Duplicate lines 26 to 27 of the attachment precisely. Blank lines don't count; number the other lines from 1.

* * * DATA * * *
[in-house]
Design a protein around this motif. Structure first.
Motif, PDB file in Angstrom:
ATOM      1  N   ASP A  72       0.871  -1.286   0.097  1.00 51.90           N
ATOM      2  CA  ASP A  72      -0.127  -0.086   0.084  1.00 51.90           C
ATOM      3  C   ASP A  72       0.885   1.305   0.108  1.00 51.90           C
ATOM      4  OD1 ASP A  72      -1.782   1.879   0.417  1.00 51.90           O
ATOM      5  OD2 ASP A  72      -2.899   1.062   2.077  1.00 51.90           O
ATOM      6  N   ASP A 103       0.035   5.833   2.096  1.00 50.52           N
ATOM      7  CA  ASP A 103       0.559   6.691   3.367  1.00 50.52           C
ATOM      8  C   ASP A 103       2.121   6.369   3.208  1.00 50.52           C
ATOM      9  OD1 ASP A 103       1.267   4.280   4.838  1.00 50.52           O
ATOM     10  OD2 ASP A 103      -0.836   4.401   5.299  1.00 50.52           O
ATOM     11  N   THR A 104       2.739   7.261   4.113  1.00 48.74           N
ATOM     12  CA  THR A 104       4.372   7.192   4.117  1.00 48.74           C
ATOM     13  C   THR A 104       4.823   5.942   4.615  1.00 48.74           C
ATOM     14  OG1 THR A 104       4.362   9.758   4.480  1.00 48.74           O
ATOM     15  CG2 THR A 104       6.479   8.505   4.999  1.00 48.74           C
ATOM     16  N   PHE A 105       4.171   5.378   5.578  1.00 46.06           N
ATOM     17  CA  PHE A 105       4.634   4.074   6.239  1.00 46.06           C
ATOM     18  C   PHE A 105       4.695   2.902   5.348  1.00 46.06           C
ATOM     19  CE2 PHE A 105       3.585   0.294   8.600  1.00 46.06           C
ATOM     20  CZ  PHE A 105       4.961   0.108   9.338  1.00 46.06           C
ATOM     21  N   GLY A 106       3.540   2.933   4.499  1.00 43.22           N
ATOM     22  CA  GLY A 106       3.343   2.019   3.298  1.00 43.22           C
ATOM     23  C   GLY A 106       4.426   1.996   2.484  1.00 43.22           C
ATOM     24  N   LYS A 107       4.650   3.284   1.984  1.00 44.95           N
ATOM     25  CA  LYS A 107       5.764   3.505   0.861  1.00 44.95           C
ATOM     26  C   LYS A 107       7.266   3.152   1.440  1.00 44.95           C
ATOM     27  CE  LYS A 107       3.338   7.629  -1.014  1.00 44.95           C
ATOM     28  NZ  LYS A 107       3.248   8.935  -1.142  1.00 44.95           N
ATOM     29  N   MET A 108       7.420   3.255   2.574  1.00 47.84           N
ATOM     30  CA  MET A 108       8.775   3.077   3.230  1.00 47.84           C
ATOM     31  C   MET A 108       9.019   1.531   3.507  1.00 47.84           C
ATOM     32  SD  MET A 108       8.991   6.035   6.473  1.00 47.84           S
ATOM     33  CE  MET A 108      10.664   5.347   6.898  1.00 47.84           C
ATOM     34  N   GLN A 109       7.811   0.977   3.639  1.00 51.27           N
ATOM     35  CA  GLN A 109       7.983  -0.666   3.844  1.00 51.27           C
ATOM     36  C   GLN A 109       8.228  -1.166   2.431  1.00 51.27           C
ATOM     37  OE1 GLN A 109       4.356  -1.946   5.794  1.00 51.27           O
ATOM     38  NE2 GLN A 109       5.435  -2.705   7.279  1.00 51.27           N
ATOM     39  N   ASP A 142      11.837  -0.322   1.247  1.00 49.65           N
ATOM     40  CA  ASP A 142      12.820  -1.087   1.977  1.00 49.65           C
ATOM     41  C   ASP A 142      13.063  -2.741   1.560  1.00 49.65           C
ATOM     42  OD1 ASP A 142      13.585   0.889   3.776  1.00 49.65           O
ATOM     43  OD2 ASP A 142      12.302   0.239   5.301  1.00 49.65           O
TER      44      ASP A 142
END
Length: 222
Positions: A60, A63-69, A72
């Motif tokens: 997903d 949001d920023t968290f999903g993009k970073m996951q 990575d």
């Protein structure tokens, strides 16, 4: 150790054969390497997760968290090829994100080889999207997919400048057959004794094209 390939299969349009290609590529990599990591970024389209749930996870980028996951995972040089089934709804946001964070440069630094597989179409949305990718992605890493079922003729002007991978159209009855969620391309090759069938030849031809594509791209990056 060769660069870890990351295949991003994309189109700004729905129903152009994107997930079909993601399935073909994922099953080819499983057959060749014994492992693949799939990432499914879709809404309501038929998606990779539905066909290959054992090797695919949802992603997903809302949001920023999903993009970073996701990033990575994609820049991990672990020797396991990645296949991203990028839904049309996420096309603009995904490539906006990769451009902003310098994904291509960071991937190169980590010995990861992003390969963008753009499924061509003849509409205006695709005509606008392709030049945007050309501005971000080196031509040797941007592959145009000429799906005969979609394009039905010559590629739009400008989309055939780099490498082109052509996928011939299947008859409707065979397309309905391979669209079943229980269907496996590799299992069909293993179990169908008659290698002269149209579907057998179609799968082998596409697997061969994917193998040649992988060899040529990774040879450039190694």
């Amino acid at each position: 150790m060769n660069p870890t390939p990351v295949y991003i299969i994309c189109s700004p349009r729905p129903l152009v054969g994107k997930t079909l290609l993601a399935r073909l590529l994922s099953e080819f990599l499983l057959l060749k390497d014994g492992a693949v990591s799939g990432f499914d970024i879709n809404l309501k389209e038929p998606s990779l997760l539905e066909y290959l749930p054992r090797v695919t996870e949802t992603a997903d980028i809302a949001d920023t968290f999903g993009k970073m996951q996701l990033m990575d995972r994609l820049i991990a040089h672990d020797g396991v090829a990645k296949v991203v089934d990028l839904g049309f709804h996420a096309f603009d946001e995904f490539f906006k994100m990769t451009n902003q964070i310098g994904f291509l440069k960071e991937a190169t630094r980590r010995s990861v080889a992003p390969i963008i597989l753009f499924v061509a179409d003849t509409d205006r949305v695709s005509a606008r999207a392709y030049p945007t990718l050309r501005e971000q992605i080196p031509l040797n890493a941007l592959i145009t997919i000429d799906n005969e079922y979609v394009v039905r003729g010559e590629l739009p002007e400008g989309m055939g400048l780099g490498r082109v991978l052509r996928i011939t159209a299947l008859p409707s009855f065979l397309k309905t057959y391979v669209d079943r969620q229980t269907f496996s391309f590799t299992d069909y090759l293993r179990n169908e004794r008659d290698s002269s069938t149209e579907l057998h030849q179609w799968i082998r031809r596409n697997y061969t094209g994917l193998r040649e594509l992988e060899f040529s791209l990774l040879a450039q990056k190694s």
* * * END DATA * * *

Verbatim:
ATOM     23  C   GLY A 106       4.426   1.996   2.484  1.00 43.22           C
ATOM     24  N   LYS A 107       4.650   3.284   1.984  1.00 44.95           N